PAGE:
Heavy rain led to flash flooding in parts of the region in just a matter of hours.
The hardest hit area seemed to be Knott County, where radar estimates suggest more than five inches of rain fell in a short amount of time in the Red Fox area.
People were forced to leave their homes for hours after fears a silt pond and pay lake could collapse and cause even more damage.
Roads buckled and yards turned into ponds.
“We normally have a small, two foot wide creek and now it's like a river,” said Larry Hays who lives in Red Fox.
Hays said he had to let his horses and dogs out during the evacuation on Breeding Creek.
“My yard was flooded out, it looked like a big river,” said Cindy McClain, who also lives in Red Fox.
“We normally have ducks in the pond but not in the back yard,” said McClain’s husband Wendell.
People in the Red Fox community of Knott County were at the mercy of Mother Nature on Wednesday afternoon.
“I passed through many road slides, water across the road everywhere, it was pretty dangerous,” said Jesse Slone of the Hindman Volunteer Fire Department.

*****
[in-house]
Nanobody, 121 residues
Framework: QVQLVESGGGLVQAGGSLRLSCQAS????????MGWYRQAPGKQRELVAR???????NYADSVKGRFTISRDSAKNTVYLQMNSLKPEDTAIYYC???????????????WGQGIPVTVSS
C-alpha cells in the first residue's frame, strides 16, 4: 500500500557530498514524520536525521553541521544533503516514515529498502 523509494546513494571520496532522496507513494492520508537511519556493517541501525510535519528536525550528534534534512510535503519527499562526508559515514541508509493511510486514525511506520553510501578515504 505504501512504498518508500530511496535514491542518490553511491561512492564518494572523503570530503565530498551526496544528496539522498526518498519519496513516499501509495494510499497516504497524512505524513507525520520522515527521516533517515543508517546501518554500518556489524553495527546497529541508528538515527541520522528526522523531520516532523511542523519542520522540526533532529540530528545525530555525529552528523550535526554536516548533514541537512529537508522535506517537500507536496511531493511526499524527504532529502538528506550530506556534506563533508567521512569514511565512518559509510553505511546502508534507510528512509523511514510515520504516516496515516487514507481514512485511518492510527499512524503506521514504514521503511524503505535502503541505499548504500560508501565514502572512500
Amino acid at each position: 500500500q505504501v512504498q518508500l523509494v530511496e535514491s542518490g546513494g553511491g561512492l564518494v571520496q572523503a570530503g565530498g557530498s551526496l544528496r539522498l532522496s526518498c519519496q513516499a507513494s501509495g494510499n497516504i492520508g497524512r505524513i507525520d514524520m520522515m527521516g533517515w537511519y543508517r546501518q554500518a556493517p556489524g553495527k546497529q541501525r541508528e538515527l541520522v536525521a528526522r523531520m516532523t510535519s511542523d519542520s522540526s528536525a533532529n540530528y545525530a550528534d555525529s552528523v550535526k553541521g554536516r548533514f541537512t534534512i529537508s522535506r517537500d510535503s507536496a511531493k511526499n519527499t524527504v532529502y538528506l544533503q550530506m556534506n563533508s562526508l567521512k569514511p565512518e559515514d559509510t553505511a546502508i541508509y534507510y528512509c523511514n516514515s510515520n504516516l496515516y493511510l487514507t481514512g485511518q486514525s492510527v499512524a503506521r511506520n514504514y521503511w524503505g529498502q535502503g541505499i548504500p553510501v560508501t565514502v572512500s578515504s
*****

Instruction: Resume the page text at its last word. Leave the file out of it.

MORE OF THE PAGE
Residents of Breeding Creek were told they had to leave their homes after a nearby pay lake over filled. Stream levels reached well over twelve and a half feet. Those who live around the area said they were stunned that no one was hurt. They said they are glad rescue crews got everyone out in time.
“That's most important, being safe,” said Hays.
“Property and stuff, we can put that back, we can fix that, but our health and safety comes first.”
Officials said it was time to figure out how much damage was done and pick up what was left behind.
“We will be working throughout all night cleaning up making sure our roads are opened up and passable,” said Director Greg Mullins of Knott Co. Emergency Management.
Folks have been allowed to return to their homes and no serious injuries were reported.